One of the most distressing things about the Great Divide, as we’ve come to call the chasm separating us in so many arenas, is the way we seem compelled to create an enemy out of our opponents. I know that I am getting sucked in to an argument with more heat than light when I hear people explaining, “Well, you know this is what the right wing believes,” or “You know this is how liberals think.” And then we go on to explain the thinking of “the other side” for them, usually with the greatest stereotypes we can muster. I had to stop getting news headlines from several online services because I realized they were just feeding my ire and my fire.
It’s not that we don’t need enemies, it’s just that we’ve chosen the wrong ones. “We are not fighting with flesh and blood,” Ephesians 6:12 tells us, “but against powers, against principalities, against mighty powers in this dark world.” And no, I’m not talking about your favorite political bogeyman there.
Our arguments have a tendency to go apocalyptic quickly these days, but if they were truly apocalyptic, we wouldn’t be imagining the worst that our opponents could do. We would be trying to discern the spiritual temperature of the times. Because the apocalyptic world view, as Fleming Rutledge talks about in her latest book The Crucifixion, is not one that imagines the destructive potential of human actions, but one that places those actions within the context of God’s activity and God’s timeline. The real question is not, “How are we going to end it all?” but “Where is the realm of God, God’s new thing, being revealed?”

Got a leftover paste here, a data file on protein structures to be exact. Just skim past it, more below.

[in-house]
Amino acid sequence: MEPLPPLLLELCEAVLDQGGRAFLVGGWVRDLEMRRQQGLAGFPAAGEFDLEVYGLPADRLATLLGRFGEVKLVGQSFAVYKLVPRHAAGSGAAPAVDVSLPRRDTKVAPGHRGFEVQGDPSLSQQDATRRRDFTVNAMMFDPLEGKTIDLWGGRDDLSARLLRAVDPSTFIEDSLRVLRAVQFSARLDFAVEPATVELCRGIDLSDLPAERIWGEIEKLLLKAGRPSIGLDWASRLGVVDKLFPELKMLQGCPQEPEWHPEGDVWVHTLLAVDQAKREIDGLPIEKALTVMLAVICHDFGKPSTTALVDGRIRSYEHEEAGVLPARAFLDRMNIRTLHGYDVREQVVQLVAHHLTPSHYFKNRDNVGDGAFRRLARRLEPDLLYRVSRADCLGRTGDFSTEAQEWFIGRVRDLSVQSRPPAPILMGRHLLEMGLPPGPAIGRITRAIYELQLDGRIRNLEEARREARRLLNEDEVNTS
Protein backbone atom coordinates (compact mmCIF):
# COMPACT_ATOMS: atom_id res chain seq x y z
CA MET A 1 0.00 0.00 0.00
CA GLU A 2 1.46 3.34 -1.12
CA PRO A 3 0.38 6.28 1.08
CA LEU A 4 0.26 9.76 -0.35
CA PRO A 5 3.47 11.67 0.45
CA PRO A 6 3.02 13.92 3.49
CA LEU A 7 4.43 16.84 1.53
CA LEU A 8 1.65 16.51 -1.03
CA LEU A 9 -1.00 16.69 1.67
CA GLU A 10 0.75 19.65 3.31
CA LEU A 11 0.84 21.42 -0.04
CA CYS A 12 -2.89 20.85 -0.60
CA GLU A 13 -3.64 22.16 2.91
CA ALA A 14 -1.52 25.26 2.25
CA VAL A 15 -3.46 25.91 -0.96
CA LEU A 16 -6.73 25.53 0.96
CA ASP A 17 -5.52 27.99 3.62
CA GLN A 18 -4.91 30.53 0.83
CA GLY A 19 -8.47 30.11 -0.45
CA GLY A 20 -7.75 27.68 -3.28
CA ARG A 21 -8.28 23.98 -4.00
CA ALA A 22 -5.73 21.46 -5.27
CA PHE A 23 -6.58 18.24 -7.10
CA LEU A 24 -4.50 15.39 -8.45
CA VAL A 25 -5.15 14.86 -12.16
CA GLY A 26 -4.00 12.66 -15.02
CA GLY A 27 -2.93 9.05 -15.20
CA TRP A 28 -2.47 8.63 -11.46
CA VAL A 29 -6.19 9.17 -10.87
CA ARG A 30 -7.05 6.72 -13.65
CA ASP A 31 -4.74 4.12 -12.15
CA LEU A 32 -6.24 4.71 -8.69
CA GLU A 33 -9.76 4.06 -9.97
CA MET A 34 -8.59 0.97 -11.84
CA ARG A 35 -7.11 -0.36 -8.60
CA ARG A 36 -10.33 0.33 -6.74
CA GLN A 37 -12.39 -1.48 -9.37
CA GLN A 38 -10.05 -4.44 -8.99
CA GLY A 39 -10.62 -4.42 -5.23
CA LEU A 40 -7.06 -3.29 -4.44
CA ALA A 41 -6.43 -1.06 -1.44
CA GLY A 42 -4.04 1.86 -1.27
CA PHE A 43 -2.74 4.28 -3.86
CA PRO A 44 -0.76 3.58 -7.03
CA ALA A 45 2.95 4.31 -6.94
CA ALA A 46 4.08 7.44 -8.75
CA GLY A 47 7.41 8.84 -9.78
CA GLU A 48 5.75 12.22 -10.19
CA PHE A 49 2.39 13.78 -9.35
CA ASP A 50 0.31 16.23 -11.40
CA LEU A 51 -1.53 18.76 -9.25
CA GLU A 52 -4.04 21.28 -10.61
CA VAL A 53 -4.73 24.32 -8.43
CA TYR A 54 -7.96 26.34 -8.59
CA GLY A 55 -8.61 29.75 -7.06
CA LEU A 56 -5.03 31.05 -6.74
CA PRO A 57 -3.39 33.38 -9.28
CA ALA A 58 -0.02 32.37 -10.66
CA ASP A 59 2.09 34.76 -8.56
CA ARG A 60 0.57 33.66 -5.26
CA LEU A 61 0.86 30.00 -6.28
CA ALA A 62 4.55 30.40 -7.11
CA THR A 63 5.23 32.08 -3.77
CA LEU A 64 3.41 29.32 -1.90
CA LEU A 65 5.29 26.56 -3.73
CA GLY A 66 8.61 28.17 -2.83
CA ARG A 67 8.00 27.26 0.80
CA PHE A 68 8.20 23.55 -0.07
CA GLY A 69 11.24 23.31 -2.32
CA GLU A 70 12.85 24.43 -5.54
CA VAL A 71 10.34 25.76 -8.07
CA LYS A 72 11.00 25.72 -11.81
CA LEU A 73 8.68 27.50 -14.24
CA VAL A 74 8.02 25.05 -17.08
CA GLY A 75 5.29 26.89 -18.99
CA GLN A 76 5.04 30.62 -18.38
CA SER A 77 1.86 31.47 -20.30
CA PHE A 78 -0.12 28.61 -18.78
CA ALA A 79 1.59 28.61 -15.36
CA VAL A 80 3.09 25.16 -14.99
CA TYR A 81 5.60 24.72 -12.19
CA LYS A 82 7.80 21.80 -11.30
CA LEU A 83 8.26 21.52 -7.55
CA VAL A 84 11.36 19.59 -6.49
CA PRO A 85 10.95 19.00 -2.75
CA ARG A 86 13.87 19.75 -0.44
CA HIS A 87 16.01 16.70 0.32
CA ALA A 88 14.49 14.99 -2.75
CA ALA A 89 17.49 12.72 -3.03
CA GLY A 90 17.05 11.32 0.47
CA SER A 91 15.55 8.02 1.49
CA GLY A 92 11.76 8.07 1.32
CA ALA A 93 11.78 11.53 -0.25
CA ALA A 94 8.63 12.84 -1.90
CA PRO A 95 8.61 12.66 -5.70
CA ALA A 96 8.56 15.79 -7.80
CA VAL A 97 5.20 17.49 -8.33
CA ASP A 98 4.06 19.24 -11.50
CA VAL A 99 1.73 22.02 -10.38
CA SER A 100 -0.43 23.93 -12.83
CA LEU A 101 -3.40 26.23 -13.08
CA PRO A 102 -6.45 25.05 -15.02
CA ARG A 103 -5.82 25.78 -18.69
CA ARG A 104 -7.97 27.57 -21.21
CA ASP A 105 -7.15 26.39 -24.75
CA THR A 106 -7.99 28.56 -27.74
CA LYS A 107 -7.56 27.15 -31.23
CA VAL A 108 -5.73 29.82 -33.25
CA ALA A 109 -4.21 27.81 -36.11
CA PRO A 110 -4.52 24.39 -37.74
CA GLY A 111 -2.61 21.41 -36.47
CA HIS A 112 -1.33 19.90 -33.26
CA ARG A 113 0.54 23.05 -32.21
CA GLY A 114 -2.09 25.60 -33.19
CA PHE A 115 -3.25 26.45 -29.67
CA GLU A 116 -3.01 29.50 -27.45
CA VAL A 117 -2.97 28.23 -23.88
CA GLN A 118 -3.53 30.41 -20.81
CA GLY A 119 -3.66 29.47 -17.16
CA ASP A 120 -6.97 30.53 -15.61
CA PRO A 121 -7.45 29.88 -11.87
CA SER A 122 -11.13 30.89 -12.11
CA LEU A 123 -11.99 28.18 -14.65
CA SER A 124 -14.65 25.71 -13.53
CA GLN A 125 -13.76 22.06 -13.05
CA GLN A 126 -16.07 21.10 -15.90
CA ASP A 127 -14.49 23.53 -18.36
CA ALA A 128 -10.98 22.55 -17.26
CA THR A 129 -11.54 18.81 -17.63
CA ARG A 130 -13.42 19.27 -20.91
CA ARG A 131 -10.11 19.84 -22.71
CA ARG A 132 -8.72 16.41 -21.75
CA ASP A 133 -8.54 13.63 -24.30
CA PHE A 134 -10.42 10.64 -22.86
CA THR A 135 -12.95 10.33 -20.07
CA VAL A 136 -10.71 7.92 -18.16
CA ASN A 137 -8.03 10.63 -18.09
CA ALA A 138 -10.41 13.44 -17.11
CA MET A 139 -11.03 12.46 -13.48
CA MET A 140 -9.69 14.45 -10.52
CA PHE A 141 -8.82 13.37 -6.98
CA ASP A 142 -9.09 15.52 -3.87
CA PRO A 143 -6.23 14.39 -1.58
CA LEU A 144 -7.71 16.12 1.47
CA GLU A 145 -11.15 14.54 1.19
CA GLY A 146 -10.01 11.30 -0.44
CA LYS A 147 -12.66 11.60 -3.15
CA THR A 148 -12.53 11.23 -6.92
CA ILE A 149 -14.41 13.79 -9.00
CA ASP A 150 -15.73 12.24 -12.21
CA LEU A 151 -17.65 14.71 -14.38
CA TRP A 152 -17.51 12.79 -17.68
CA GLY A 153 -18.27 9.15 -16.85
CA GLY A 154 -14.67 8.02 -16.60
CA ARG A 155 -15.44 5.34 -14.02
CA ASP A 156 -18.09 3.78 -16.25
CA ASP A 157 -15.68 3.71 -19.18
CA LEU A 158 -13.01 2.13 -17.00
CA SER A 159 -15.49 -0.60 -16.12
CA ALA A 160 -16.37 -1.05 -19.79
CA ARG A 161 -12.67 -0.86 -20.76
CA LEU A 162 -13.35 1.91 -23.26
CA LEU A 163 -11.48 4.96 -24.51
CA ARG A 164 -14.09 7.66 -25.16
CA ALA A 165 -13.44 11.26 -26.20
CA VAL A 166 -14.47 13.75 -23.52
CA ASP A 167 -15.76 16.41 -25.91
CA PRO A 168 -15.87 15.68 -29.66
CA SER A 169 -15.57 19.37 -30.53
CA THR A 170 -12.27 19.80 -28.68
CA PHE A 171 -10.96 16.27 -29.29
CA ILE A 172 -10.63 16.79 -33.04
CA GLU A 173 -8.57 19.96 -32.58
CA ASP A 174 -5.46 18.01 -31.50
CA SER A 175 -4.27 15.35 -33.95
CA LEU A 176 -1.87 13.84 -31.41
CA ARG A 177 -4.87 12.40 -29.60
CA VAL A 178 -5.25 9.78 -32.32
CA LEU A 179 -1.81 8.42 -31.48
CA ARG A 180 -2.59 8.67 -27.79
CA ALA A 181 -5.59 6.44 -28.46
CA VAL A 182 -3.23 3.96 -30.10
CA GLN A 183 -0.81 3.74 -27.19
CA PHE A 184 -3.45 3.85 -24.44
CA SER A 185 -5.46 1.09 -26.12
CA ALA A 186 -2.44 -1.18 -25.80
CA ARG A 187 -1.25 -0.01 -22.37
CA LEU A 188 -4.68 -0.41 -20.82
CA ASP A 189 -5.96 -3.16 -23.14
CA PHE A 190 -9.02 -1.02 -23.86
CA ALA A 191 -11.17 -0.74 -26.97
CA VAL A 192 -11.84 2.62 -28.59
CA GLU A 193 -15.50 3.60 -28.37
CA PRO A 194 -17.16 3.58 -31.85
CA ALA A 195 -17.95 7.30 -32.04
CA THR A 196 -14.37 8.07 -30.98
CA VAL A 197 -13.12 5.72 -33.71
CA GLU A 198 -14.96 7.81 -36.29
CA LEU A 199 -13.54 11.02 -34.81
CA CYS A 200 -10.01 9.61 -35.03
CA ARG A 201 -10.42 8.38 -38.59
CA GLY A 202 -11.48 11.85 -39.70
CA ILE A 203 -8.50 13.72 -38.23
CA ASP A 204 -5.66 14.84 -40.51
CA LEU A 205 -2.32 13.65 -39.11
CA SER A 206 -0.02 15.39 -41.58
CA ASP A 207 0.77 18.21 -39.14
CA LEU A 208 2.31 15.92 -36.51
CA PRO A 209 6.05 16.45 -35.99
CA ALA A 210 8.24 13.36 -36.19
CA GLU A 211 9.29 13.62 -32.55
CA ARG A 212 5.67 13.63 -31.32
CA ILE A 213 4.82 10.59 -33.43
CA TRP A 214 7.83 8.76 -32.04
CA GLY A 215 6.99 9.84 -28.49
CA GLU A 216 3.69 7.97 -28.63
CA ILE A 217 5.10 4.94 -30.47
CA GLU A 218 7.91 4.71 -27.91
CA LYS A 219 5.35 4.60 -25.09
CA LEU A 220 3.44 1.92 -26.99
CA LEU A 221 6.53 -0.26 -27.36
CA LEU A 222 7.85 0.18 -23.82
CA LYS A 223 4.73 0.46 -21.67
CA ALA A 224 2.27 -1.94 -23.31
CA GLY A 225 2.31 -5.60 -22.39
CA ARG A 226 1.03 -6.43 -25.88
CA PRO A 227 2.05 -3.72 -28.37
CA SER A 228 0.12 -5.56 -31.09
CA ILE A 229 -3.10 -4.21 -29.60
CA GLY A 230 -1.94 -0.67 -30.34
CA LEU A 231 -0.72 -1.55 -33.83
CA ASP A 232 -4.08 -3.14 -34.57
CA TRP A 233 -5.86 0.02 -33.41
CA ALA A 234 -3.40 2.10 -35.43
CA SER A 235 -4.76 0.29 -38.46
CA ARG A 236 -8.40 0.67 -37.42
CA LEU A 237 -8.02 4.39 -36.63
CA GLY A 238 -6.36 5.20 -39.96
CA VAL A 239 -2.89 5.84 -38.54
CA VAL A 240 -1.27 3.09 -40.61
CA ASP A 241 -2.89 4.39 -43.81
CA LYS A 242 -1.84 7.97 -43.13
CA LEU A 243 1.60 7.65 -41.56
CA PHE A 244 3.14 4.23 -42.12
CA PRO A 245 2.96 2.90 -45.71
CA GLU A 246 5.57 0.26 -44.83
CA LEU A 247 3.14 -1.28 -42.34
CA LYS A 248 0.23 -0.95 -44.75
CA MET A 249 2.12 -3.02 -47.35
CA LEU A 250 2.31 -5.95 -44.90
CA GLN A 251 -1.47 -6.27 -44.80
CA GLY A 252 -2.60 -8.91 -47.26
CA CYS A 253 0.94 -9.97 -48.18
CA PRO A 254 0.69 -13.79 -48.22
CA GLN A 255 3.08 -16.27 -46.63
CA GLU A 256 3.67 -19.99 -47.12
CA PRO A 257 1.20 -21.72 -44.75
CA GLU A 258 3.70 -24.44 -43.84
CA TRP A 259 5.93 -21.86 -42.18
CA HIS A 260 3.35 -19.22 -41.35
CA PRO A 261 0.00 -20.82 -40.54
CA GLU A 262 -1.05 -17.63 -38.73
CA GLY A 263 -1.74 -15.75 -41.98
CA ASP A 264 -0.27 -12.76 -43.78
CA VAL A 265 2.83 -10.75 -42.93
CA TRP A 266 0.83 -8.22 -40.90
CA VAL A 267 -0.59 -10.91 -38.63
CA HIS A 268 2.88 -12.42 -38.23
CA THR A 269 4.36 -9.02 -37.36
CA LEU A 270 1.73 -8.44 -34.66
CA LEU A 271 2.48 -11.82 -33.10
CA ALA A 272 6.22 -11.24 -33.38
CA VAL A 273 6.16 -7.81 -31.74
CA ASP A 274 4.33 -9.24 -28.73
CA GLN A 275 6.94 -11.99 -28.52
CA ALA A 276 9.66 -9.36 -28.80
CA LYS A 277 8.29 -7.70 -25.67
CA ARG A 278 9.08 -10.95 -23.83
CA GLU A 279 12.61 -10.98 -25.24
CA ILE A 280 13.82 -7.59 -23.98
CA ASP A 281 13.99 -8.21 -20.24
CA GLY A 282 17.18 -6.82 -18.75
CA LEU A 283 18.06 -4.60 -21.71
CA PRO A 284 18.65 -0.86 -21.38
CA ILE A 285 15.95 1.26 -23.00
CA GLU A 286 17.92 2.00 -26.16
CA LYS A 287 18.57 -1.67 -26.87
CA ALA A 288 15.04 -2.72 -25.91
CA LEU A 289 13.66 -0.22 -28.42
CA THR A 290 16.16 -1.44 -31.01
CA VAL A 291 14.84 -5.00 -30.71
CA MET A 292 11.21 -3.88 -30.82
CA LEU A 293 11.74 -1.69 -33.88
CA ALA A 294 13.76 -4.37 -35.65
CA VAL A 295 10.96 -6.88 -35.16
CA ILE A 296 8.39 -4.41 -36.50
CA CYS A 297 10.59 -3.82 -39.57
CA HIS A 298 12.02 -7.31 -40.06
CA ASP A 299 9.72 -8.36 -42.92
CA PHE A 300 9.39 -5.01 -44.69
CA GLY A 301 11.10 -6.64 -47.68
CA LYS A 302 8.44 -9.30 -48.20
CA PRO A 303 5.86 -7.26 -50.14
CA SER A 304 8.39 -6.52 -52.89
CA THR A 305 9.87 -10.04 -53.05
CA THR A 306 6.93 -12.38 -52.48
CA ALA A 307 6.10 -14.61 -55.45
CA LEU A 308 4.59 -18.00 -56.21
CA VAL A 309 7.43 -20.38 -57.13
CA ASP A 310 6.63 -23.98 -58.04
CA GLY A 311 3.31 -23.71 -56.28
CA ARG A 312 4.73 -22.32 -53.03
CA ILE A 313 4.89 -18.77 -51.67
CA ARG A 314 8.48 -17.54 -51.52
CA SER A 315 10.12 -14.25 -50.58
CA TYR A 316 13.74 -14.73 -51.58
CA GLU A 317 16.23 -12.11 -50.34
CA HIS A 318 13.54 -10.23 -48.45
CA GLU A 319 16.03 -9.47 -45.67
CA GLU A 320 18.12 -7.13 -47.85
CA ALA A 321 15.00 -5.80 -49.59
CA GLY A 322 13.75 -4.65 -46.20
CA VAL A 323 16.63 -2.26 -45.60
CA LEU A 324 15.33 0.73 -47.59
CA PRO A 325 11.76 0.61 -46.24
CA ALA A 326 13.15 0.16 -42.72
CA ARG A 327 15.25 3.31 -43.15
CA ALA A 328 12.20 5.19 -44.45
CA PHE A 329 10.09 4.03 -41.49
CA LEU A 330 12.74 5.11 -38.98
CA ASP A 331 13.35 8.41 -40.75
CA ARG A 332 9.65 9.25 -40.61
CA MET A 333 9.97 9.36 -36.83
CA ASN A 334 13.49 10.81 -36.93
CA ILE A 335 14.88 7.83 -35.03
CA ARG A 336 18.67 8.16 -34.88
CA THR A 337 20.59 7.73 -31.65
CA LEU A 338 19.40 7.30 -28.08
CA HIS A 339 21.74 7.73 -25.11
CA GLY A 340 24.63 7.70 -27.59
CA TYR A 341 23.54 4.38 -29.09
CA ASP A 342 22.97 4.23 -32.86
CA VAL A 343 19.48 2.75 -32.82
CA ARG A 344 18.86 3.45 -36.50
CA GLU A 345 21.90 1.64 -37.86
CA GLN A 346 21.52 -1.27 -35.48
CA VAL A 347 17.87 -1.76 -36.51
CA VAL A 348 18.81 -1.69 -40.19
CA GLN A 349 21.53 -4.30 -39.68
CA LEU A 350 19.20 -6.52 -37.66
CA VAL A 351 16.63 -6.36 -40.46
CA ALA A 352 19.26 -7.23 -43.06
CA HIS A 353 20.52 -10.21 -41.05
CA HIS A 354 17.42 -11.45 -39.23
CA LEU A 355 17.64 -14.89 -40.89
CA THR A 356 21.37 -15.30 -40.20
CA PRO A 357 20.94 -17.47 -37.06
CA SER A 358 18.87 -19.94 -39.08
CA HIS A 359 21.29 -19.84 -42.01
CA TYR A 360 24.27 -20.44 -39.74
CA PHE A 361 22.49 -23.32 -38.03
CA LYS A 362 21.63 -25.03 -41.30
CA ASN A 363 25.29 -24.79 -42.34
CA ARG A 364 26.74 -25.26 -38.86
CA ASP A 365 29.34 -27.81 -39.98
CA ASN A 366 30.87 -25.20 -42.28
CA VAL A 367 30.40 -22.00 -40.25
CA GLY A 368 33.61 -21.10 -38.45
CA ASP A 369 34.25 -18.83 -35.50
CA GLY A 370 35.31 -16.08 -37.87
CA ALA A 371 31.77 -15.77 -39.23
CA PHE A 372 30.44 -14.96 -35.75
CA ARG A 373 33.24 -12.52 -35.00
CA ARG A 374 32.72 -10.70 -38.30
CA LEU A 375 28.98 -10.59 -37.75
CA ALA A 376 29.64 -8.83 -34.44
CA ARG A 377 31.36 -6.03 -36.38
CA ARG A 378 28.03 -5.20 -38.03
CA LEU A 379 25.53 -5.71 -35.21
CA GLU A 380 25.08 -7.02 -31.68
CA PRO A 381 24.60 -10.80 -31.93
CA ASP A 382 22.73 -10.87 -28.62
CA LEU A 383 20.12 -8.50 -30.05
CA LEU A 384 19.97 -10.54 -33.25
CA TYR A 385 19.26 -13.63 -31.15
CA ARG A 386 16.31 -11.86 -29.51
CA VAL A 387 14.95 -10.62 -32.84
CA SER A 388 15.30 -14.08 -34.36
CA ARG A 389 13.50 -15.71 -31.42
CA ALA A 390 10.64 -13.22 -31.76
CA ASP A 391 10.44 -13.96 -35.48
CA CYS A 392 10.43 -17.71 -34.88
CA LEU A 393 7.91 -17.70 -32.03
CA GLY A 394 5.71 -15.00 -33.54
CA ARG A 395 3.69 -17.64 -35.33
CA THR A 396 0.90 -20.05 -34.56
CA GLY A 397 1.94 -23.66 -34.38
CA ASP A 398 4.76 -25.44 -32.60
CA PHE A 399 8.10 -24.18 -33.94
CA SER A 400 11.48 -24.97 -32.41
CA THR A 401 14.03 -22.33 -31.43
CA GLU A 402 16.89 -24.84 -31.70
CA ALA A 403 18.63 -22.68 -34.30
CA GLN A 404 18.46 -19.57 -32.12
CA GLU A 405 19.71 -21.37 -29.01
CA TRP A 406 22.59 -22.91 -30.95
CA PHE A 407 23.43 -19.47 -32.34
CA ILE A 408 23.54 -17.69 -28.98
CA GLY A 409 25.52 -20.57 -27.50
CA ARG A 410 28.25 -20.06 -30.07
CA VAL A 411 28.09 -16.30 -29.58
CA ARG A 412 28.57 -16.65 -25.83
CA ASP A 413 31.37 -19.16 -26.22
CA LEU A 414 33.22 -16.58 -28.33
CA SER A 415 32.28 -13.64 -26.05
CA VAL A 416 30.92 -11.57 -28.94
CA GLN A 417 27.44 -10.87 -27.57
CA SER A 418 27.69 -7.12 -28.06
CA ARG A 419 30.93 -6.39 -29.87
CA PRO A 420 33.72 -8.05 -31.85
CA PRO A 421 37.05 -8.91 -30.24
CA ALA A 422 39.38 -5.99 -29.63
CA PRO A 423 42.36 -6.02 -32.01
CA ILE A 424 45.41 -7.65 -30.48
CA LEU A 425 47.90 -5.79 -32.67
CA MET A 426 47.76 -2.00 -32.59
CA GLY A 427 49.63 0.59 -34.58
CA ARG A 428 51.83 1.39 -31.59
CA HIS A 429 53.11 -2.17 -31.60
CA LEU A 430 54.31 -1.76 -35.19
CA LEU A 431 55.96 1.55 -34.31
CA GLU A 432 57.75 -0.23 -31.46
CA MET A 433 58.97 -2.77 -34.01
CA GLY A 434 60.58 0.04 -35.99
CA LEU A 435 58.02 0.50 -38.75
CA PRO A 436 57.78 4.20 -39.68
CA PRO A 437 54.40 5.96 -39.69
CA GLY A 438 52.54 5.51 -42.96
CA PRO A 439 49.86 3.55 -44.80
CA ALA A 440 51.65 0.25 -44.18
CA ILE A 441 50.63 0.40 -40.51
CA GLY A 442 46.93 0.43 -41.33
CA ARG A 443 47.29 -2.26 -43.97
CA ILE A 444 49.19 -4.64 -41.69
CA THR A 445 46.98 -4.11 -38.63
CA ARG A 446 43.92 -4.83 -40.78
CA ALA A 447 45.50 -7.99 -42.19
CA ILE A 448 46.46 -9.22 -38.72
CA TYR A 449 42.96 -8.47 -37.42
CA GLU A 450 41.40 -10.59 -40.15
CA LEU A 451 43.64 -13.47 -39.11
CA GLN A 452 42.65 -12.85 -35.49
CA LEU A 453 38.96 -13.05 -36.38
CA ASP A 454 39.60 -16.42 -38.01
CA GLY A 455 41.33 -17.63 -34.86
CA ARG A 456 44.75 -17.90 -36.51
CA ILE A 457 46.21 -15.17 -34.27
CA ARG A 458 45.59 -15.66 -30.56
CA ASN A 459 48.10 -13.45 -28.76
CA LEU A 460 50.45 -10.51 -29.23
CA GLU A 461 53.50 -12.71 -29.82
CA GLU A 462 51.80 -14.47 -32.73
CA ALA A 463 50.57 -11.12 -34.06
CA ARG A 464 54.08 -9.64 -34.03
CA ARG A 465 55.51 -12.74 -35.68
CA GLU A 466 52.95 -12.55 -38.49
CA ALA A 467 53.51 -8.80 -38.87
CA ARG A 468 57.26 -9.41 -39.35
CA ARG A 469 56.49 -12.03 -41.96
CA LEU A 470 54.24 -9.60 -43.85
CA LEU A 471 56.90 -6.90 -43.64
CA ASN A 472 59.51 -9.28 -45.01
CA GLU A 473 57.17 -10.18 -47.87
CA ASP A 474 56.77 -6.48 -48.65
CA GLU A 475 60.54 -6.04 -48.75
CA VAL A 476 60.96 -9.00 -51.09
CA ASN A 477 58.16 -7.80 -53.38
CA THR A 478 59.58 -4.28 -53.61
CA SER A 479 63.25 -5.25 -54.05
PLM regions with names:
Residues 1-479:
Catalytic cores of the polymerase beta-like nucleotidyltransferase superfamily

The way our perverted apocalypticism is revealed in the church is in the absence of a sense that anything is at stake when we gather. When we sink into old worship forms that merely feed our nostalgia or persist in doing things simply because of our inertia, we lose the imperative that comes from being truly enlisted in a spiritual adventure which requires the full armor of God. Signing on for service in Christ’s corpus is about a fight to the death confrontation with the principalities that have enslaved one and all. And that’s a fight God wins.